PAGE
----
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What to expect when new payday loan law goes into effect Saturday

Agency plans to weaken payday loans rule; why this could hurt borrowers
Posted at 6:16 PM, Apr 26, 2019
and last updated 2019-04-26 18:16:45-04

Imagine taking out an interest loan with 500 percent interest. It's happening in Ohio everyday.

On Saturday, a new law goes into effect that takes aim at those payday loans.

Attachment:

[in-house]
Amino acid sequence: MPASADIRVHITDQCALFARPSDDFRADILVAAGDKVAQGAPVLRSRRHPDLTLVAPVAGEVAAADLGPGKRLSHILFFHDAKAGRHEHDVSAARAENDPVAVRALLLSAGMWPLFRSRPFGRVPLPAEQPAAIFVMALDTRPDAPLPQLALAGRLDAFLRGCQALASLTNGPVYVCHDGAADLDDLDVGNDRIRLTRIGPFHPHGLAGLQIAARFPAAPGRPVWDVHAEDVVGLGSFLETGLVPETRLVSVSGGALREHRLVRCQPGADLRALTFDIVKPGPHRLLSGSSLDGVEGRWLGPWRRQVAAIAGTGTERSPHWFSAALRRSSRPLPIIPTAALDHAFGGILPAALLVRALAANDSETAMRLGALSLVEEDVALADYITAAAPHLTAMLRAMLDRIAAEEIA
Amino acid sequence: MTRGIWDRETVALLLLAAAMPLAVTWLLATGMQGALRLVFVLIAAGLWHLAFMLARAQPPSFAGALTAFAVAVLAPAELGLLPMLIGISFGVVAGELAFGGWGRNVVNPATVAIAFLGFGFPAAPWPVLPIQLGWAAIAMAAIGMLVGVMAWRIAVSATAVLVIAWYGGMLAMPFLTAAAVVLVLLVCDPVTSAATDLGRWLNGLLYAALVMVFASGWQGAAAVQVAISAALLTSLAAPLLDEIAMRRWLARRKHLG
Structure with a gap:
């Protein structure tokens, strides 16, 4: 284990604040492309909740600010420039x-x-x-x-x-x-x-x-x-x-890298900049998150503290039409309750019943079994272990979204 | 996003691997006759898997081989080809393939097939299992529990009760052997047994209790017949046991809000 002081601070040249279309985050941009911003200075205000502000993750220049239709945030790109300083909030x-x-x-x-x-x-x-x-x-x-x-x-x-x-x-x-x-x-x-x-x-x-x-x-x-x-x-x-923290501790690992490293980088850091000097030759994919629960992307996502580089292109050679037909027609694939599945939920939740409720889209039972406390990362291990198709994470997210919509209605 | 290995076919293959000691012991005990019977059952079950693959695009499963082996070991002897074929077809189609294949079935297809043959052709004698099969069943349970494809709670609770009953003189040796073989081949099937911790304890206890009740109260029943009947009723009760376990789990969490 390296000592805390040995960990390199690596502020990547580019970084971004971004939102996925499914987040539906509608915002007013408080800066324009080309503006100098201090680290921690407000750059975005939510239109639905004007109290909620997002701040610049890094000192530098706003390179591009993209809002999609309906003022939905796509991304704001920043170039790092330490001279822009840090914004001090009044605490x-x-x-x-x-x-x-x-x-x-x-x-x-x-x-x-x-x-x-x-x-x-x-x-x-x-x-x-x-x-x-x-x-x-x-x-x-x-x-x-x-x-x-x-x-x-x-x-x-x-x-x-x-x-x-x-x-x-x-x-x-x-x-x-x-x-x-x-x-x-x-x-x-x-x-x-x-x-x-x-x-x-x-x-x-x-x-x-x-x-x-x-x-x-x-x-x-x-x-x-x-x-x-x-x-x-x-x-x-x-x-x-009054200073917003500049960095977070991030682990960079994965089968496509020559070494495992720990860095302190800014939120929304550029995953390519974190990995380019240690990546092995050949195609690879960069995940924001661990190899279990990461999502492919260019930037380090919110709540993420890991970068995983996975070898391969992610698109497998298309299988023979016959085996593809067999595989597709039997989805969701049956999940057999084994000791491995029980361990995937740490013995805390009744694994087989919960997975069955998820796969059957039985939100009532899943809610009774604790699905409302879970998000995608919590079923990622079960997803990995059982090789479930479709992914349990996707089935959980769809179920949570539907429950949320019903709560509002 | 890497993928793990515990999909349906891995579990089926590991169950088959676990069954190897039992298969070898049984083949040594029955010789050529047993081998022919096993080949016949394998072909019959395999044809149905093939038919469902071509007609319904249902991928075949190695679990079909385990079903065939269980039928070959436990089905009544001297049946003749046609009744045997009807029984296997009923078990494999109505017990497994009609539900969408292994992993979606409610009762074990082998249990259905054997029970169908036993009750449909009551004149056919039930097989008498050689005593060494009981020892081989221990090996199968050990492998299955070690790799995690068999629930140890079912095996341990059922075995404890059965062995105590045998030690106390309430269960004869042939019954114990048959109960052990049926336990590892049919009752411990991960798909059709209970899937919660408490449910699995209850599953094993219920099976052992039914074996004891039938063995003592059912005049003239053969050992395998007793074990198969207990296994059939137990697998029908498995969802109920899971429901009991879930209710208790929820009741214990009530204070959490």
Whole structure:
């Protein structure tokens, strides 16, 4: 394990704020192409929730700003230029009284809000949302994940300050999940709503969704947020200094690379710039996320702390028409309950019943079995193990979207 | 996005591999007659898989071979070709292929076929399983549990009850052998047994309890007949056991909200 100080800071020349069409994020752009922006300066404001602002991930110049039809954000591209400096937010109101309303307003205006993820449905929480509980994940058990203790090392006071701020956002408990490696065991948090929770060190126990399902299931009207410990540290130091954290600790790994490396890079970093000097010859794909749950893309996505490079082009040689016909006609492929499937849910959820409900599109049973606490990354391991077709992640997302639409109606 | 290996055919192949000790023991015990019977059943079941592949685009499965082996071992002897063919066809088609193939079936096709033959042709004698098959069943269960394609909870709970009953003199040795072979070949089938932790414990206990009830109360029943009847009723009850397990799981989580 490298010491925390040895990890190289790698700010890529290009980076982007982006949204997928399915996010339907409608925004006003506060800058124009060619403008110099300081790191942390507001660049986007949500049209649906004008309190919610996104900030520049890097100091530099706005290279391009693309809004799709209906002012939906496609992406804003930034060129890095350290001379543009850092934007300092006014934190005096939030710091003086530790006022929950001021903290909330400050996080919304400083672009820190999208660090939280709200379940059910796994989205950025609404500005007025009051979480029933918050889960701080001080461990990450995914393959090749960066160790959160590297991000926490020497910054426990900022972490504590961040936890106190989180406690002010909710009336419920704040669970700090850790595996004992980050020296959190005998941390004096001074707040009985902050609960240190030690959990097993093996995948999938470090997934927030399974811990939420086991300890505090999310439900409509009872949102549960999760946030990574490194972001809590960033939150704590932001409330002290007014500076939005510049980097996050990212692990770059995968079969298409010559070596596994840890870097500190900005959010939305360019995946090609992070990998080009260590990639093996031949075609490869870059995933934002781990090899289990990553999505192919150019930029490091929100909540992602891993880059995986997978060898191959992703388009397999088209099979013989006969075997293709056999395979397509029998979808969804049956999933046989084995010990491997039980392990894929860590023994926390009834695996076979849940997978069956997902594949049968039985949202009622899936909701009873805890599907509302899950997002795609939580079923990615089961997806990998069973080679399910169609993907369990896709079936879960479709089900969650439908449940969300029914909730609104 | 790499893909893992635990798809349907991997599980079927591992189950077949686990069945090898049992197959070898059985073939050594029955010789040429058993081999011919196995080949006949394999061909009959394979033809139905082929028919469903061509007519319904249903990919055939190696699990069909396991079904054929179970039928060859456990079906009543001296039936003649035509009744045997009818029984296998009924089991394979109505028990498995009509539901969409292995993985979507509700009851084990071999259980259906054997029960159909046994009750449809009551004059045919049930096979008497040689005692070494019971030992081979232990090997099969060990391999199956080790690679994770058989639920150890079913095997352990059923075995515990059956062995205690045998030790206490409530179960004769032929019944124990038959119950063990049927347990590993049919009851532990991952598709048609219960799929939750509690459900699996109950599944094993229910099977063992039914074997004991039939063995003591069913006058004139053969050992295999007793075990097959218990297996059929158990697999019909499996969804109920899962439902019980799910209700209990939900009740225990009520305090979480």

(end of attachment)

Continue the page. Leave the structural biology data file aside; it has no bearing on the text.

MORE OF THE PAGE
Some politicians argue payday loan operations exploit the poor and disadvantaged, offering them loans that have annual interest rates as high as 600 percent, which is the highest in the county.

Currently, payday lenders operate under a section of state law for credit service organizations, making them brokers not lenders.

It's been this way for a decade, but last year former Governor John Kasich signed a law that changes that, and it goes into effect on April 27.

Here are a few changes going into effect:

  • Loans cannot be higher than $1,000.
  • Loan durations can't be longer than one year.
  • You have three business days to change your mind and return the money without fines and fees.

For more changes, you can read the full legislation here.